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Dramatic Increase in Religiously Unaffiliated as Protestants Lose Majority Status

Why religious leaders aren't terribly troubled by the news.
Dramatic Increase in Religiously Unaffiliated as Protestants Lose Majority Status
Dramatic Increase in Religiously Unaffiliated as Protestants Lose Majority Status

The religiously unaffiliated are on the rise.

Just under 20 percent of all Americans do not identify with any particular religion, according to a Pew Forum on Religion and Public Life report released Tuesday, titled "'Nones' on the Rise." And as that share of the population, up from 15 percent in 2007, continues to rise, the study also reports that the Protestant share, including mainline and evangelical, has dipped below the 50-percent mark for the first time.

"These numbers don't in any way suggest that religion is dying out in America," said Kim Lawton, managing editor of Religion and Ethics NewsWeekly, which partnered with the Pew Forum to produce part of the report. "This is a picture of what we found, but it's not a predictor of the future."

According to the report, 53 percent of respondents said they were Protestant in 2007, but only 48 percent identified as such in 2012. The decline comes primarily from white evangelical and mainline believers, down 2 and 3 percent respectively since 2007.

Christians still compose the overwhelming majority—73 percent—of the survey's 120,000 respondents, Pew reported.

Bradley Wright, associate professor of sociology at the University of Connecticut, said the recent decline in Protestants is only symbolically significant.

"There's not very much difference between 51 and 48 percent," he said, "except if you consider that the decline is due in large part to the decline in mainline Protestants, who constituted 45 percent of the total population a century ago."

Doug Sweeney, professor of church history at Trinity Evangelical Divinity School and a member of the Evangelical Lutheran Church in America, said mainline churches have long been aware of their declining membership.

"Somehow our children aren't catching the significance of our faith and feeling the need to stick around—until they have children and want them to be raised in a faith community," he said.

Now, nearly one-third of Americans under the age of 30 identify themselves as religiously "unaffiliated," nearly double the percentage of unaffiliated Americans in Pew's data on previous generations at the same age, Lawton said.

Michael S. Horton, professor of systematic theology and apologetics at Westminster Seminary in California, said Christians appear to be creating future "nones" by failing to adequately pass the faith on to successive generations.

"We are about a generation away from a worshiping community that is rather small in terms of those who know what they believe, why they believe, and practice their faith with some real conviction," he said.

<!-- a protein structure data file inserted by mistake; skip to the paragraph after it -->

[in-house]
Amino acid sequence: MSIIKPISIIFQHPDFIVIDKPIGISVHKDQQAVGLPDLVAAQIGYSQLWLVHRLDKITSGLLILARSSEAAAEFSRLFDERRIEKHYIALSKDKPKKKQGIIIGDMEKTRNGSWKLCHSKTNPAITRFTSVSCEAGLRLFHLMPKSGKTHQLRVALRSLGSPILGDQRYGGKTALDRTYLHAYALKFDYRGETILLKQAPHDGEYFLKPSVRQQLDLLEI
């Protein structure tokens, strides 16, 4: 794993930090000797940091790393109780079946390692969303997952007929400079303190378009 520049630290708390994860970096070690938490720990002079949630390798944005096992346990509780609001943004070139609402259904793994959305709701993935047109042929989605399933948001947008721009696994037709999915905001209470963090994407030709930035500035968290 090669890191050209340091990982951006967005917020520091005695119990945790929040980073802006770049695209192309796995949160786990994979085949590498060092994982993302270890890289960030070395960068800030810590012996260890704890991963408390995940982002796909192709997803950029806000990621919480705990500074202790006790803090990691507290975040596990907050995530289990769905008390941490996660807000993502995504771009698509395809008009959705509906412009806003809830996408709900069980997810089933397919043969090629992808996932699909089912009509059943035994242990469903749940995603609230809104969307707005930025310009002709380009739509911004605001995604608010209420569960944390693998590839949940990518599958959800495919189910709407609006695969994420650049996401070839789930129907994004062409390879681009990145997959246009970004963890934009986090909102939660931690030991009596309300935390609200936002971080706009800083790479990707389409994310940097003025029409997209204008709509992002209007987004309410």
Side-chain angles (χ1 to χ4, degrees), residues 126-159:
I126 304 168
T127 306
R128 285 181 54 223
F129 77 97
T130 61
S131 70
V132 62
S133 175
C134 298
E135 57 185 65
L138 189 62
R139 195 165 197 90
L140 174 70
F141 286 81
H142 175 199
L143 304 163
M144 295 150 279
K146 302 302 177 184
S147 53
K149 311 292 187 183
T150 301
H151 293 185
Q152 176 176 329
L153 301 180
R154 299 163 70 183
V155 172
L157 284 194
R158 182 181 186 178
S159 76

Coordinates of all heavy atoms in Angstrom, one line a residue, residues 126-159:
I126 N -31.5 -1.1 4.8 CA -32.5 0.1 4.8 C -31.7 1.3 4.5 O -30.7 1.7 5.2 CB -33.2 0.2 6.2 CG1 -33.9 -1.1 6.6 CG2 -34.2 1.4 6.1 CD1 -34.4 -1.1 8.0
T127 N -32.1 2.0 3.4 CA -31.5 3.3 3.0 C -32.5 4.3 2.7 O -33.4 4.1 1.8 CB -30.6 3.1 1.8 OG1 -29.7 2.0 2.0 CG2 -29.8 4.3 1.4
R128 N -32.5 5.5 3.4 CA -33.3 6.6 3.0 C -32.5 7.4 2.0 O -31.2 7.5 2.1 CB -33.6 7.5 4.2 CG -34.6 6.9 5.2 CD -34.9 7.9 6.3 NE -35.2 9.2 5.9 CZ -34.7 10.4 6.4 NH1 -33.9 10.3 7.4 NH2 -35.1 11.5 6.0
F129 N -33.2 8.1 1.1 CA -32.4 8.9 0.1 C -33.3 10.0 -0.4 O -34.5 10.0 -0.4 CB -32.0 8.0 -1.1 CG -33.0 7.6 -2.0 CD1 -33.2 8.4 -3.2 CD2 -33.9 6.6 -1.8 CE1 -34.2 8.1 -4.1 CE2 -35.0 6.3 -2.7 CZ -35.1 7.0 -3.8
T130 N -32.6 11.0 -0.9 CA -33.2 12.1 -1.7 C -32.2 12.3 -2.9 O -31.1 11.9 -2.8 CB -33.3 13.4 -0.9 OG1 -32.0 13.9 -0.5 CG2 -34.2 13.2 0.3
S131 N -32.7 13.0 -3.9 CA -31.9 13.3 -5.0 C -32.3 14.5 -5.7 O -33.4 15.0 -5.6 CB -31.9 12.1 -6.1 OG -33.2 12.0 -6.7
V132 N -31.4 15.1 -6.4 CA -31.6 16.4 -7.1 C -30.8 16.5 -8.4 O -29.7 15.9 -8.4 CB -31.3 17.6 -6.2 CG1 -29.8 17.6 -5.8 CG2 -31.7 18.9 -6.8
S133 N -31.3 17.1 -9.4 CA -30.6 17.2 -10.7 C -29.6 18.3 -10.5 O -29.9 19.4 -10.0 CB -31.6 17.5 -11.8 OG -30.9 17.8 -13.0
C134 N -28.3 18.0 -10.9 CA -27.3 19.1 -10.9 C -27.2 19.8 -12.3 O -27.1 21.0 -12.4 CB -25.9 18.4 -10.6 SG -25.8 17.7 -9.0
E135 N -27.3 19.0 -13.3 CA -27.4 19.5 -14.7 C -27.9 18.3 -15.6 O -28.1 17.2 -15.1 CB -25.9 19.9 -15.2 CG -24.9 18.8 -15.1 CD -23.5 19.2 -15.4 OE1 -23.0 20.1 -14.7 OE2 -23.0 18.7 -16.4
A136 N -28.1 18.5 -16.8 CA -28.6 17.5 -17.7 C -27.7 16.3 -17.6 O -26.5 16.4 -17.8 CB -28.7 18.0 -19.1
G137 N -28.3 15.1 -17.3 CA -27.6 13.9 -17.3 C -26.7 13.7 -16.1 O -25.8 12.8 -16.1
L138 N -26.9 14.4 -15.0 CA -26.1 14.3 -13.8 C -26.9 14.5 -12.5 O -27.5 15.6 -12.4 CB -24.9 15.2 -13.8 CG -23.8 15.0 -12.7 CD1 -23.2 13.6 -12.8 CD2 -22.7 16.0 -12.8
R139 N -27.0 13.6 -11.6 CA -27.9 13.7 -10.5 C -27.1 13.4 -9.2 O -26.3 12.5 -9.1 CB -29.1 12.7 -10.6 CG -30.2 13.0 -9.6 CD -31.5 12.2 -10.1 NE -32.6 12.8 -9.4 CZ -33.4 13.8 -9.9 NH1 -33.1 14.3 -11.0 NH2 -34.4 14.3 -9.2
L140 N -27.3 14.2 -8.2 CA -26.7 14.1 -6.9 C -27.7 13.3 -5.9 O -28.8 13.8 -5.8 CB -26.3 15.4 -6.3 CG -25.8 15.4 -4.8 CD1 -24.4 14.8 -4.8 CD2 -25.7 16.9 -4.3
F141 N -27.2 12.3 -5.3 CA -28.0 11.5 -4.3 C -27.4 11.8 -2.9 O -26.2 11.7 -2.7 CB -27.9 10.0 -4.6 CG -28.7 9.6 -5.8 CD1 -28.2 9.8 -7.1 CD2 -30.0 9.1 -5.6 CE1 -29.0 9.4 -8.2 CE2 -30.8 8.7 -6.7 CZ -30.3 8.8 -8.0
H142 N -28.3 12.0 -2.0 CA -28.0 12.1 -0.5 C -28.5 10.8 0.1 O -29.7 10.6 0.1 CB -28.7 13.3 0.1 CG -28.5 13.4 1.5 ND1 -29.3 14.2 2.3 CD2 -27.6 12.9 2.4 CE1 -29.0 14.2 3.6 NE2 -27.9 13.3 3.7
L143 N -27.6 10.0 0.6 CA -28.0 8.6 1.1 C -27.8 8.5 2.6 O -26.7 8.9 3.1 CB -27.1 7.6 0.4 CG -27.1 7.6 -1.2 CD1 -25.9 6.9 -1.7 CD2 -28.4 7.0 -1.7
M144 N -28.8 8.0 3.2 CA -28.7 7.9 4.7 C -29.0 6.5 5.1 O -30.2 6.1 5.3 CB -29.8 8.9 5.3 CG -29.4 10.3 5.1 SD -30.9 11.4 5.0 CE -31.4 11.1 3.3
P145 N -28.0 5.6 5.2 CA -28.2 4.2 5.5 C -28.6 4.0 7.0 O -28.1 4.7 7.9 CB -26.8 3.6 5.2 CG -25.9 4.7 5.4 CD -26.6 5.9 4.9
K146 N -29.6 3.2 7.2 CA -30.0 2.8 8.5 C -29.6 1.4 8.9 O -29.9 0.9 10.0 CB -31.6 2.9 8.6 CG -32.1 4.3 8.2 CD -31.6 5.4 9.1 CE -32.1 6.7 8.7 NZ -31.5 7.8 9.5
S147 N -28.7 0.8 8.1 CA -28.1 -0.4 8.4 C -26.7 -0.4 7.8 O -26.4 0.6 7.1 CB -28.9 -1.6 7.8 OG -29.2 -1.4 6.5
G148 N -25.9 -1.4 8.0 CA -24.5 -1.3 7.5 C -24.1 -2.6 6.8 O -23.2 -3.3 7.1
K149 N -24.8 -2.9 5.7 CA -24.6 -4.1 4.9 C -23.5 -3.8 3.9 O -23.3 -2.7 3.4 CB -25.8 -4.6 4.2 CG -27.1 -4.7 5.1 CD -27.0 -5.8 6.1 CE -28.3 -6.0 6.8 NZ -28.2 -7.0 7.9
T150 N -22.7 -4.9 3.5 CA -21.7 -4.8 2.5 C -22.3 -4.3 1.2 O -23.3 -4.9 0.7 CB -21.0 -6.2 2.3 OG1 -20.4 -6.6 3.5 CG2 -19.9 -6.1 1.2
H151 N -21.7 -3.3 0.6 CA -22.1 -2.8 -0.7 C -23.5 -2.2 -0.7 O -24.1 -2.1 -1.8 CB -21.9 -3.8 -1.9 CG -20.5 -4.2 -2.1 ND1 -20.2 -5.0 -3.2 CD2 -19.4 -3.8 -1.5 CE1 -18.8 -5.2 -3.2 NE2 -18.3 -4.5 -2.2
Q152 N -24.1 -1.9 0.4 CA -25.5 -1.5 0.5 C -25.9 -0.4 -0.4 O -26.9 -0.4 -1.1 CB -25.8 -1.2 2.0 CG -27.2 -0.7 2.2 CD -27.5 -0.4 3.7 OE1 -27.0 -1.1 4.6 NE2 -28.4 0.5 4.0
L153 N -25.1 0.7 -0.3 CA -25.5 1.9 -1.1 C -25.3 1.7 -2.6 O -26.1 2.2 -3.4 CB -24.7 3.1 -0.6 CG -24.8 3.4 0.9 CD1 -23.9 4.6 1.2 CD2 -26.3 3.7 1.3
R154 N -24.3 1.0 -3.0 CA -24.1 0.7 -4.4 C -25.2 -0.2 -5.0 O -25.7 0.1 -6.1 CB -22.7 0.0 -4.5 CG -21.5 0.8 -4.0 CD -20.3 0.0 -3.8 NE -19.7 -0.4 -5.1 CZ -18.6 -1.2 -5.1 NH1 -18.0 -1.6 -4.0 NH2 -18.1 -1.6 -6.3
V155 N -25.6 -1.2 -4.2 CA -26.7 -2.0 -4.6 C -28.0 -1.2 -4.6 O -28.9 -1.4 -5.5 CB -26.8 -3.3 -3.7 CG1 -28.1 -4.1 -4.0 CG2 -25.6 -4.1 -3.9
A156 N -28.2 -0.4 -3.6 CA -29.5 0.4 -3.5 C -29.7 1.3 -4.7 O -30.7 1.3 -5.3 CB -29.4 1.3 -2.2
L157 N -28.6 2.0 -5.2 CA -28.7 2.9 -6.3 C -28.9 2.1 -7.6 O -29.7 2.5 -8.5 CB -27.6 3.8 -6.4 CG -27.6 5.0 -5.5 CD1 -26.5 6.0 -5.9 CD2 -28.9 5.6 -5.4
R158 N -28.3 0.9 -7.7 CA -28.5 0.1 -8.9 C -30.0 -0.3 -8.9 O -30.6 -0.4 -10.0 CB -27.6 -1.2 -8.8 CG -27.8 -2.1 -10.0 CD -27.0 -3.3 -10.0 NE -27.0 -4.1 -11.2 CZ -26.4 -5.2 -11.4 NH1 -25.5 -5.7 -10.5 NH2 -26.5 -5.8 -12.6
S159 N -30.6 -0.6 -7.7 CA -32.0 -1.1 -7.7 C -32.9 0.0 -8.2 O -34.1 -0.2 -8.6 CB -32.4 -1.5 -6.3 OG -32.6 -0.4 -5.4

Those whom Pew classifies as "nones" are not absent of religiosity, said Lawton. Only 2.4 percent of the American public classified themselves as atheist and 3.3 percent as agnostic.

Instead, 13.9 percent of Americans classified their religious identity as "nothing in particular," but it is wrong to describe them as "wholly secular," Lawton said.

"They don't have any official ties with religion, but many retain some beliefs or practices associated with religion," she said.

Survey results show that 68 percent of unaffiliated Americans still said they believe in God. Most interesting, Lawton said, is that 20 percent of them still said they pray on a daily basis.

Wright said this group could be referred to as the "unchurched believers," which contradicts the common misconception that the growing unaffiliated population is entirely atheist or agnostic. This reflects a shifting cultural acceptance of those who do not define themselves by their religion.

But Lillian Daniel, a United Church of Christ minister and author of the forthcoming book When "Spiritual but Not Religious" Is Not Enough, said people who describe themselves this way are the "norm in a bland, self-centered American religious landscape."

"The very idea that you can pick and choose is, in some ways, a self-centered project, looking for the spiritual 'goods' without making a commitment," she said.

Wright said it is too early to tell whether this is a generational effect or merely a reflection of age.

"Historically, people get more religious as they get older," he said. "Young people are less affiliated with every aspect of conventional society, but there are generational effects. For some people it's a more honest classification."

And Daniel said that makes it an exciting time to be a Protestant.

"We had many decades when people went to church because they felt like they had to. You get none of that now," she said. "With this freedom to choose, the people who come want to be there and there is a seriousness of purpose."

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